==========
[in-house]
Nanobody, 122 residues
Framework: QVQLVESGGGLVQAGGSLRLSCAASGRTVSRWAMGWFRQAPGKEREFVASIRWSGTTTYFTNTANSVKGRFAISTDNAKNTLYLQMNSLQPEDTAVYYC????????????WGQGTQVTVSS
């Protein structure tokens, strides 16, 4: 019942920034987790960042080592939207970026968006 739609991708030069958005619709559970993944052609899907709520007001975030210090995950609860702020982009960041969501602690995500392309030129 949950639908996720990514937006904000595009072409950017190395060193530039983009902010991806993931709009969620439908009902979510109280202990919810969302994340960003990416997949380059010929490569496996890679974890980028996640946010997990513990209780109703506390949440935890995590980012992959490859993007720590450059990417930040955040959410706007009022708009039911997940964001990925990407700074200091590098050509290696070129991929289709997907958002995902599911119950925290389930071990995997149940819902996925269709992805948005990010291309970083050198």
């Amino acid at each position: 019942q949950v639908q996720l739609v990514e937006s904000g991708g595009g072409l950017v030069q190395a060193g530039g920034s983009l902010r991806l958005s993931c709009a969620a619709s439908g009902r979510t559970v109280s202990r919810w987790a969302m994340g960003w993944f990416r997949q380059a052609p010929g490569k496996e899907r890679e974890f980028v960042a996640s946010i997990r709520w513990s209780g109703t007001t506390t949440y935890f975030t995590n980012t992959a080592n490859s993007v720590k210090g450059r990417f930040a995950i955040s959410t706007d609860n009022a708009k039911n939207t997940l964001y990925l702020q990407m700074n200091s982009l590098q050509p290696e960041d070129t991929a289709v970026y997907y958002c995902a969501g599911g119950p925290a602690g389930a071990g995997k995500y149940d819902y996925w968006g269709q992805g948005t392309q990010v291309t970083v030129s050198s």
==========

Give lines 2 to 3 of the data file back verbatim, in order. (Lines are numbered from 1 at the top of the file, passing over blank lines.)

Nanobody, 122 residues
Framework: QVQLVESGGGLVQAGGSLRLSCAASGRTVSRWAMGWFRQAPGKEREFVASIRWSGTTTYFTNTANSVKGRFAISTDNAKNTLYLQMNSLQPEDTAVYYC????????????WGQGTQVTVSS